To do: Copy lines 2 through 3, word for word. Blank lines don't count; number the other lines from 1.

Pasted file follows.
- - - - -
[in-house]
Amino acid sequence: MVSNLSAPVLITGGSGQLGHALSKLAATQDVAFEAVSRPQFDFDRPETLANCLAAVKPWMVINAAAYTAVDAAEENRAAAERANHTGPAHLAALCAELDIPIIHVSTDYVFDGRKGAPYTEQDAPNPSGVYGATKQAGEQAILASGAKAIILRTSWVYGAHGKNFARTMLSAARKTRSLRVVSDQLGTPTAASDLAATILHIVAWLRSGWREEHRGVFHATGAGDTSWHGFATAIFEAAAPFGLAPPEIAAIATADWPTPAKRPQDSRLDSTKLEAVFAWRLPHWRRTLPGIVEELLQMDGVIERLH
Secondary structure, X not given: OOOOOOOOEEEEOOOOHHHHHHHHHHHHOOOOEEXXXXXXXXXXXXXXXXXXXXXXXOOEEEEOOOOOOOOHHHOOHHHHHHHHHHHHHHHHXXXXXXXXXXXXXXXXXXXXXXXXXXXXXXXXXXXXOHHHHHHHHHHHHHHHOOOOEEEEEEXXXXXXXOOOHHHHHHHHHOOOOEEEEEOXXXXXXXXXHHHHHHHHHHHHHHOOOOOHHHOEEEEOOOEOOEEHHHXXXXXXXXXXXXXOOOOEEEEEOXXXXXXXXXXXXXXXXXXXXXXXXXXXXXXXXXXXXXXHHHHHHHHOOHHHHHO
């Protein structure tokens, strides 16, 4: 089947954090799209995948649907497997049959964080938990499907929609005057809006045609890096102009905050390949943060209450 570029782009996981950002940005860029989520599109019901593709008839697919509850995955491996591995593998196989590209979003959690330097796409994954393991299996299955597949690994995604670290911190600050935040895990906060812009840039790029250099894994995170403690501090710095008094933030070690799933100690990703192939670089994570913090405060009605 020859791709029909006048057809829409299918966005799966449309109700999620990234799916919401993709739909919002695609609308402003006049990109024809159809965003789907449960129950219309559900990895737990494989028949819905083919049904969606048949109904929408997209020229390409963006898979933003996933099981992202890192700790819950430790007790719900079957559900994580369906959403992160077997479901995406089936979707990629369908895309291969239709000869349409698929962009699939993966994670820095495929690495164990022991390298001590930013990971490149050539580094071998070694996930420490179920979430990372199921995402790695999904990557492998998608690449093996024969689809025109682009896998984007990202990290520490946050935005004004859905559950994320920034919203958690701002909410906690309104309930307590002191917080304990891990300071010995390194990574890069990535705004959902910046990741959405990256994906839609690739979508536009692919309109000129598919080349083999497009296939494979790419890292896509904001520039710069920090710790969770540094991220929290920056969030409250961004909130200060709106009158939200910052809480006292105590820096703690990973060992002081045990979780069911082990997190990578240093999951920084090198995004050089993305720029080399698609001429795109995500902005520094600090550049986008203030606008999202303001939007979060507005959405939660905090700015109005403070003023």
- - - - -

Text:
Amino acid sequence: MVSNLSAPVLITGGSGQLGHALSKLAATQDVAFEAVSRPQFDFDRPETLANCLAAVKPWMVINAAAYTAVDAAEENRAAAERANHTGPAHLAALCAELDIPIIHVSTDYVFDGRKGAPYTEQDAPNPSGVYGATKQAGEQAILASGAKAIILRTSWVYGAHGKNFARTMLSAARKTRSLRVVSDQLGTPTAASDLAATILHIVAWLRSGWREEHRGVFHATGAGDTSWHGFATAIFEAAAPFGLAPPEIAAIATADWPTPAKRPQDSRLDSTKLEAVFAWRLPHWRRTLPGIVEELLQMDGVIERLH
Secondary structure, X not given: OOOOOOOOEEEEOOOOHHHHHHHHHHHHOOOOEEXXXXXXXXXXXXXXXXXXXXXXXOOEEEEOOOOOOOOHHHOOHHHHHHHHHHHHHHHHXXXXXXXXXXXXXXXXXXXXXXXXXXXXXXXXXXXXOHHHHHHHHHHHHHHHOOOOEEEEEEXXXXXXXOOOHHHHHHHHHOOOOEEEEEOXXXXXXXXXHHHHHHHHHHHHHHOOOOOHHHOEEEEOOOEOOEEHHHXXXXXXXXXXXXXOOOOEEEEEOXXXXXXXXXXXXXXXXXXXXXXXXXXXXXXXXXXXXXXHHHHHHHHOOHHHHHO